Contact Center Best Practices: What are your tips for improving performance in your contact center?

Please list, in detail, 3 best practices that you would like to share with the Focus community on improving performance in your call center. High quality contributions will be included in an upcoming report on contact center management, and will receive significant promotion on the Focus network.

Answer

Brad Nichols (Chief Operating Officer, Clientometry)
Hi Michael,

If by 'performance' you mean customer experience or satisfaction, then I think the three top tips I would provide are:

1) Actively recruit for behavioral competencies - create and use a structured competency driven interview program to ensure you're hiring folks with the right behavioral characteristics at the outset - not just technical skills!
2) Implement an interaction driven satisfaction measurement program - and use it to bonus staff - scientifically track customer satisfaction with individual contact center interactions (and all associated best practices!) agent by agent and drive staff bonuses directly from individual performances.
3) Empower the staff to make decisions (including spending money within reason!) that can improve the experience of the customer - Trust agent judgment and give your agents the freedom to make the right decision to help the customer...they will reward that trust!

Hope those are helpful!

Brad
3 Additional Answers
David Filwood (Principal Consultant, TeleSoft Systems)
When reaching out to a Contact Center – customers want a 24x7 clear connection to a quickly answered call. Callers want access to a well thought-out IVR in order to source their own answers – or be able to reach a Live Operator by simply pressing ‘0’.

If they have to hold in a queue for the next available operator – customers want to be advised of their estimated wait time – and they want the option of leaving their telephone number for a call back instead of having to hold on the line.

And once they’re connected with a Customer Service Representative (CSR) – callers want to speak with a CSR from their region - who is typically better able to serve and communicate with them. Customers want their questions/issues resolved by a CSR who acts professionally – is easily understood - who is not a ‘script reader’ - and who is empowered to make this a “one call & done” experience.

Not everyone is cut out to work in a Call Center environment. Typically there are 3 grades of CSRs found in a Call Center: (Above Average), (Average), and (Below Average).

(Above Average) CSRs seem to have “The Right Stuff” that pushes them to succeed & a natural compatibility with the duties of the position. They work hard - exceed expectations - do more than asked - achieve high-quality consistent results - can always be counted upon - need little direction & work extremely well with everyone.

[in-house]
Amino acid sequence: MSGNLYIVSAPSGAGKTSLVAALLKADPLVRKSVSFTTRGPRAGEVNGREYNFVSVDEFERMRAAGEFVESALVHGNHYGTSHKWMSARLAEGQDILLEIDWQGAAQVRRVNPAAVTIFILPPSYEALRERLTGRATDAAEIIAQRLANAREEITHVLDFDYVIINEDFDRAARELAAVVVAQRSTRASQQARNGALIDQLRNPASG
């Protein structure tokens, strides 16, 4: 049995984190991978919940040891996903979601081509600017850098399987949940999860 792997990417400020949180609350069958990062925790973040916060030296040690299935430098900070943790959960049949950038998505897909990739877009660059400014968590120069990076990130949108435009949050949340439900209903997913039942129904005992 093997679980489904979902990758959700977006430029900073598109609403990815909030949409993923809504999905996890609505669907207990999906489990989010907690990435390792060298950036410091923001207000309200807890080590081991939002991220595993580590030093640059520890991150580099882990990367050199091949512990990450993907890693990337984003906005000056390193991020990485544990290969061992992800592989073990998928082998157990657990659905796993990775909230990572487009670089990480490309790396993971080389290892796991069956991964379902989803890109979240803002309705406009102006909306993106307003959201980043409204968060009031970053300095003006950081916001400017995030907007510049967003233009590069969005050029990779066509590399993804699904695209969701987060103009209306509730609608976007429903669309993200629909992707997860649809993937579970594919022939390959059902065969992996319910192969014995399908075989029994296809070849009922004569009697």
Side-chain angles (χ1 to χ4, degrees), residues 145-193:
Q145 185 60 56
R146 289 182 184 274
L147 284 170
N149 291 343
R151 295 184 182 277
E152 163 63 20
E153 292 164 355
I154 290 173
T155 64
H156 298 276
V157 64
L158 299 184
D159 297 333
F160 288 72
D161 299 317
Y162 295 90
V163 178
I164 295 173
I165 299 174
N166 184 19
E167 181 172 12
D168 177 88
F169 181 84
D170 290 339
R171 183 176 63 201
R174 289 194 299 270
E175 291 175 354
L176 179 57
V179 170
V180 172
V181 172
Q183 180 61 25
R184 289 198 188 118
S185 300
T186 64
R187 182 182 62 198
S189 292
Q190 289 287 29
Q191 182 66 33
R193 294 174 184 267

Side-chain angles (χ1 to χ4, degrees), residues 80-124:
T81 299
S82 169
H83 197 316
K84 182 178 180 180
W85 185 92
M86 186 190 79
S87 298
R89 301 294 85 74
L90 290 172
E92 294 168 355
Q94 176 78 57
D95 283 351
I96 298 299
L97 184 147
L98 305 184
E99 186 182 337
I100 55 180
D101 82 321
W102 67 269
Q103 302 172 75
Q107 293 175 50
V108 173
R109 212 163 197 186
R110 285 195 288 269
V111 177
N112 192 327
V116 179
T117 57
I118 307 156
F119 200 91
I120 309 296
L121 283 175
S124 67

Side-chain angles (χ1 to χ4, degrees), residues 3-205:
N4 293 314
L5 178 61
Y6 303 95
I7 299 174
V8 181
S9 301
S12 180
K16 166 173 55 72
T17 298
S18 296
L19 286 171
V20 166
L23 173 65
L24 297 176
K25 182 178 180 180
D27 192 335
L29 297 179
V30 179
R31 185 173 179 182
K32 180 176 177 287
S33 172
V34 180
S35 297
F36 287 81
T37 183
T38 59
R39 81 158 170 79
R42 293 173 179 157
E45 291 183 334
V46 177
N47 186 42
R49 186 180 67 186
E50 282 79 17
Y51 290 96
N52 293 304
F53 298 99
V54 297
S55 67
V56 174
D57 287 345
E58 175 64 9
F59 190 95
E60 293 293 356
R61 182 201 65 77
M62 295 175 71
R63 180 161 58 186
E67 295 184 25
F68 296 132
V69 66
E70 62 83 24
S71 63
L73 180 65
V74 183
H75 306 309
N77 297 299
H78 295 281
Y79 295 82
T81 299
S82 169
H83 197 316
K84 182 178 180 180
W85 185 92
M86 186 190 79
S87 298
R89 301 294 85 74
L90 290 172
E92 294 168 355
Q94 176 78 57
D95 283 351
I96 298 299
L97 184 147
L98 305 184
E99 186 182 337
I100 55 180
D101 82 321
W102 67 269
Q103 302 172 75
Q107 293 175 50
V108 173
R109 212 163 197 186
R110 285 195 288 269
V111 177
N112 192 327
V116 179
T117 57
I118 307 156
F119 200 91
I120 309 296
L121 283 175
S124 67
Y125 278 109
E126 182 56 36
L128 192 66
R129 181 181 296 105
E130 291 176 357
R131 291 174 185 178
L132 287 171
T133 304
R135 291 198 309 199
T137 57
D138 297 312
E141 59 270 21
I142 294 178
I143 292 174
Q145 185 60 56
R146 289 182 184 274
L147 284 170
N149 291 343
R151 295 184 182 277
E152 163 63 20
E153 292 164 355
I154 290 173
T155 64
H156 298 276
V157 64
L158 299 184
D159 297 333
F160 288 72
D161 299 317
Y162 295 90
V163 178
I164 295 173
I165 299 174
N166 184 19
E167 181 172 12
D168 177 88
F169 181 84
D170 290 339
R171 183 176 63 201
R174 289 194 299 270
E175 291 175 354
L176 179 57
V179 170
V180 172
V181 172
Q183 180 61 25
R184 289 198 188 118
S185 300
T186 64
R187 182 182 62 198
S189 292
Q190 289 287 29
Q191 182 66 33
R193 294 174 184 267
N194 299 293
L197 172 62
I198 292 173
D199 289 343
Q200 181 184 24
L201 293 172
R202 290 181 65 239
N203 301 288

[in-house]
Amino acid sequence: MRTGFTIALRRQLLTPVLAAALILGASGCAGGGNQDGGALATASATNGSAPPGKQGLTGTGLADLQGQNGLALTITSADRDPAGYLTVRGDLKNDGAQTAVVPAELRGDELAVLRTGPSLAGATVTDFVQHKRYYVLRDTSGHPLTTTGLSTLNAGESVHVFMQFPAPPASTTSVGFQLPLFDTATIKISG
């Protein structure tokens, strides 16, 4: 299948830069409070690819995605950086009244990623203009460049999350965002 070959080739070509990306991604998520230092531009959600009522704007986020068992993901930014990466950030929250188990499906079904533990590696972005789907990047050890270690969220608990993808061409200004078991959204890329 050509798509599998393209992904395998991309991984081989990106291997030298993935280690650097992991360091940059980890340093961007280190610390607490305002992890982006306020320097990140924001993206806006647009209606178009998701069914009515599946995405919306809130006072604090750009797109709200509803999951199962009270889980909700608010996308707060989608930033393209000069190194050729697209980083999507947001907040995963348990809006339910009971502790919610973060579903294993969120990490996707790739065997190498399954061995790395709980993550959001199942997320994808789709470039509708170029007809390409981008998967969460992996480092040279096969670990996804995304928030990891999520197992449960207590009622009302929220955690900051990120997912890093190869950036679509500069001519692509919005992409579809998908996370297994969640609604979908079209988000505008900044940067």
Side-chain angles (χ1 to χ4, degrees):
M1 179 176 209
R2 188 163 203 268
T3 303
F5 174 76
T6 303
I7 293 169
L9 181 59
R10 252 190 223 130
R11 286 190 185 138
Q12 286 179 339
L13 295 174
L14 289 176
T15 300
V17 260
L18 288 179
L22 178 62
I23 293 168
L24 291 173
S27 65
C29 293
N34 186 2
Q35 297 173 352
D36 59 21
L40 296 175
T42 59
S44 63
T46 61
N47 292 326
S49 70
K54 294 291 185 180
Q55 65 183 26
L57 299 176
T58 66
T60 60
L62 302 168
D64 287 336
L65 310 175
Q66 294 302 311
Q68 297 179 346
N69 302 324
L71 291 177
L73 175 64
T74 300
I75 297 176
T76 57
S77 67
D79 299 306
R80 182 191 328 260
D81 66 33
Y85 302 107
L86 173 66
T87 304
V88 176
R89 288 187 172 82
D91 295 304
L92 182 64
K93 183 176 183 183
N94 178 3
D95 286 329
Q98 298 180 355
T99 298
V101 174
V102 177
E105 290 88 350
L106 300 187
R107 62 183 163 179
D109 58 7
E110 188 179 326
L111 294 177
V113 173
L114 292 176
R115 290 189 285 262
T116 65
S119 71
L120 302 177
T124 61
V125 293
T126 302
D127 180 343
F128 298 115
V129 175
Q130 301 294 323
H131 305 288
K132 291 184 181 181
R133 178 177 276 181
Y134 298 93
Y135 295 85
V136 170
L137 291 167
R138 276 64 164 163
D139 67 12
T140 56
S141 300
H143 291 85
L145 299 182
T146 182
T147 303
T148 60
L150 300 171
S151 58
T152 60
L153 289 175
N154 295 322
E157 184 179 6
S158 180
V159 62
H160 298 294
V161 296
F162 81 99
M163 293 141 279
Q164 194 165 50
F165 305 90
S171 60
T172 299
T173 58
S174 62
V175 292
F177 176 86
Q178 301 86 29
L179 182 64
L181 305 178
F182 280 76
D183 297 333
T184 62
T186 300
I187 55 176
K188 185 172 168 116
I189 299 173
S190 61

(Average) CSRs perform their duties adequately enough “to get by” - but no better. They are the partially competent. Generally they’re strong from a Skills standpoint but missing a key ingredient or two from a Job Fit standpoint.

(Below Average) CSRs are the people who just don’t fit somehow. Sometimes they’re good people in the wrong jobs. They need extra coaching & supervision just to achieve average results. Often they cause unnecessary conflict. (Below Average) CSRs have the Highest Levels of Absenteeism, Lowest Levels of Productivity & Sales, Poorest Performance & Customer Satisfaction Ratings, and generally have a Negative Impact on Team Morale. They represent the real problems in a Call Center workforce. While (Average) & (Below Average) CSRs may seem fully qualified at the Interview Stage – they’re a Poor Job Fit – the cost of hiring them is enormous – with little value add to an organization - and a decrease in Service Levels and Brand Reputation.

A tightly-scripted Call Center environment is usually found where the focus is on Cost Containment. Average Speed of Answer (ASA), Average Handle Time (AHT) & After Call Work Time (ACW) are the Key Performance Indicators (KPIs) - and CSRs are typically required to rigorously follow a script. An unscripted Call Center environment is usually found where the KPIs are Customer Satisfaction & First Call Resolution (FCR).

Scripted & unscripted call handling are discrete and different pursuits - requiring separate Personality/Job-Fit Traits. Someone with the Intellect, Problem-Solving Skills & ‘Verbal Artistry’ to serve a caller in an unscripted fashion is rarely a good fit for a tightly-scripted Call Center environment. Equally – it is rare for someone who performs well in a tightly-scripted Call Center to successfully make the transition to unscripted caller interactions. Few people possess the ability to work successfully long-term in both a scripted & unscripted Call Center.